The Supreme Court is considering whether a large software company employing over 100 workers can be classed as an 'industrial establishment'. Workers in an industrial establishment enjoy greater protection, with the employer obliged to give at least three months' written notice and obtain state permission prior to the termination of employment.
Software professionals cannot be classified as workers following a recent ruling by the Delhi High Court. In this case, the manual work carried out by the professional was found to be incidental to his primary duty as a risk management consultant. This primary duty was also found to involve a considerable degree of creative input, exempting him from being a skilled worker.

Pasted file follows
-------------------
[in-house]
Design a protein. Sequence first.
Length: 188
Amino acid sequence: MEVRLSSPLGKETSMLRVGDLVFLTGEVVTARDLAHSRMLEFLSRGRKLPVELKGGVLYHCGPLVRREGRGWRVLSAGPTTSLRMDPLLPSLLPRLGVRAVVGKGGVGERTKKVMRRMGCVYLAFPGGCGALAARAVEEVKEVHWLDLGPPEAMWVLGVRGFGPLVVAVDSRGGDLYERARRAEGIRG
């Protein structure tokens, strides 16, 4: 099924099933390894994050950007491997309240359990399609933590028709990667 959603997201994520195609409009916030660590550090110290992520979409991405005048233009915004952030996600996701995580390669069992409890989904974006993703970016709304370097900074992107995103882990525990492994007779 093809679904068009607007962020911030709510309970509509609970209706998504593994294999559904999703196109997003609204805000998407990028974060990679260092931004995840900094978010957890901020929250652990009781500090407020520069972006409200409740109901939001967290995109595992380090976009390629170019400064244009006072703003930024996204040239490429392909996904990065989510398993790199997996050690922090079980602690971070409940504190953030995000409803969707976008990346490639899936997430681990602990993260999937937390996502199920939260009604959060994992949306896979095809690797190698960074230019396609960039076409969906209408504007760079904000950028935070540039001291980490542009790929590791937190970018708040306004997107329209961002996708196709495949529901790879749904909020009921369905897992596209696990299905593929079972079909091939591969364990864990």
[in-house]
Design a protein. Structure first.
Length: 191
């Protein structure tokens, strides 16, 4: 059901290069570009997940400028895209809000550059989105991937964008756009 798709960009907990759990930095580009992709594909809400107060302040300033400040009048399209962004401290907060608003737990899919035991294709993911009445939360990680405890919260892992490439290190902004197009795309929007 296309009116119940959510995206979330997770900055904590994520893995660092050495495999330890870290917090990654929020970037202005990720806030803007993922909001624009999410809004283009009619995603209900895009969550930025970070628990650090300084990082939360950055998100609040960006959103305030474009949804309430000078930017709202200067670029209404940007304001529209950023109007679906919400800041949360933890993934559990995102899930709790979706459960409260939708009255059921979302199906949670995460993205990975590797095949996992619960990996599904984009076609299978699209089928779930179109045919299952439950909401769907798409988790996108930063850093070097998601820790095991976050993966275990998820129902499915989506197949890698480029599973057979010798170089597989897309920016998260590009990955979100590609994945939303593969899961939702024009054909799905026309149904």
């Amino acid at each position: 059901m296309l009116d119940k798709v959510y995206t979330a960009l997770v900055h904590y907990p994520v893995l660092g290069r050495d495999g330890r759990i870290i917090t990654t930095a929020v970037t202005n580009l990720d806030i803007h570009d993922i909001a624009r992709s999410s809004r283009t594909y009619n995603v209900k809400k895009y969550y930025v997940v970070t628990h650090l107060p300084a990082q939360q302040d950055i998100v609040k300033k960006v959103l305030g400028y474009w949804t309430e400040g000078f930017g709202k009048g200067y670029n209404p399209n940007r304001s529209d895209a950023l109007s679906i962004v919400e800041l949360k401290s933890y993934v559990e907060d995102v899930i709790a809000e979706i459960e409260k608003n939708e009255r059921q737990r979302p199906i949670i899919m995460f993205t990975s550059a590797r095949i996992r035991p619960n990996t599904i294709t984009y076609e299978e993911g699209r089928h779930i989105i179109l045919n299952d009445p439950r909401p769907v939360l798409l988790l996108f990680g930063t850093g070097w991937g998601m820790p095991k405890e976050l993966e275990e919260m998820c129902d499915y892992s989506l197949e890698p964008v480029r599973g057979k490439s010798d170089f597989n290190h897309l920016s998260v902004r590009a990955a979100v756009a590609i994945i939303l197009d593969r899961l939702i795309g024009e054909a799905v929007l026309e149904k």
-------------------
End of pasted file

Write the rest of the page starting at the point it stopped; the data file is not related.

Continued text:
Domestic labour laws tend to be pro-worker. As such, employers must take seriously their obligations under the various statutes. Once an employment relationship has been established, the employer must fulfil certain statutory obligations; non-compliance may have serious consequences, including imprisonment.
Recently, the courts have shown an inclination to enforce non-compete covenants which apply to the post-termination period, provided the injunction or restraint is sought for the purpose of protecting the employer's interests. Those interests of employers which are considered to be entitled to protection are proprietary information such as trade secrets and business connections.